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What Causes Lupus?

Lupus is an autoimmune disease. It can occur when the body’s immune system begins to attack its own tissues and organs. Joints, kidneys, skin, blood cells, brain, heart, and lungs can be affected by the inflammation caused by Lupus.

It is often difficult to diagnose as its symptoms tend to mimic those caused by other illnesses. One distinct sign of Lupus is a rash on the patient’s face which looks like the unfolding wings of a butterfly across the cheeks. But this sign does not occur in all cases of Lupus. There are some people who are born with a tendency to develop Lupus. It can be triggered by infections, some drugs, or even sunlight. There’s currently no cure for Lupus, but there are treatments to help control the symptoms.

The Symptoms of Lupus

Each case of Lupus is different. Its signs and symptoms may develop slowly or suddenly. It can be mild or severe, temporary or even permanent. Most people with Lupus tend to have mild disease with episodes called flares when the signs and symptoms get worse and then improve or disappear completely. The signs and symptoms caused by Lupus depend on the body systems it is affecting. Common lupus symptoms include fatigue, fever, joint pain, stiffness and swelling, butterfly-shaped facial rash, skin lesions that appear or get worse in sunlight, fingers and toes that turn blue when exposed to cold or during stress, shortness of breath, chest pain, dry eyes, headaches, confusion, and memory loss.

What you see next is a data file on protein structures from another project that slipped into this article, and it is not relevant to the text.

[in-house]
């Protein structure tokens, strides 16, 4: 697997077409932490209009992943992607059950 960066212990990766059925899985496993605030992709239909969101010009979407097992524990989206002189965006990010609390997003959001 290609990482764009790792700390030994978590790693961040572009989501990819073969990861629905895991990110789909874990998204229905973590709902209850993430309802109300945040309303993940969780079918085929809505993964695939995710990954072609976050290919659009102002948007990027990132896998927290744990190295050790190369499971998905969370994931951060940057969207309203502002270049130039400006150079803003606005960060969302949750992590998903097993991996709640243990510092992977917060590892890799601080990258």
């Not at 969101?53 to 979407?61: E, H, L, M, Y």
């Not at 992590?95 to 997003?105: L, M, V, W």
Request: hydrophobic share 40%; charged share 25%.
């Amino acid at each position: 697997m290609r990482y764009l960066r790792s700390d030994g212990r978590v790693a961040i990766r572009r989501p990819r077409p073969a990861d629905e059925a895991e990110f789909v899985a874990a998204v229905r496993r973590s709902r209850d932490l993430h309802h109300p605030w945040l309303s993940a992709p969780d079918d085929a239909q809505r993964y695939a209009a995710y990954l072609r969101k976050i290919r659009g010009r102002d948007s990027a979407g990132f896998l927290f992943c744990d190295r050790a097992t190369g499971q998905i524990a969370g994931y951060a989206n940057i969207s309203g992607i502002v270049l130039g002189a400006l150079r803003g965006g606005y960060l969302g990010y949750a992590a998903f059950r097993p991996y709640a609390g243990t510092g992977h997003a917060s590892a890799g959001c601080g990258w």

If you develop an unexplained rash, fatigue, ongoing fever, or persistent aching, check with your doctor. Know that there is no one test that can diagnose Lupus. It is a combination of blood and urine tests, signs and symptoms, and physical examinations that lead to a diagnosis. The signs and symptoms of Lupus differ with each affected individual and can even change over time or overlap with signs and symptoms of other disorders.


A person may have to undergo a complete blood count, erythrocyte sedimentation rate, kidney and liver assessment, urinalysis, and antinuclear antibody tests. A chest X-ray, an echocardiogram, and a skin or kidney biopsy may also be needed. These test results will be examined in detail before a diagnosis is given.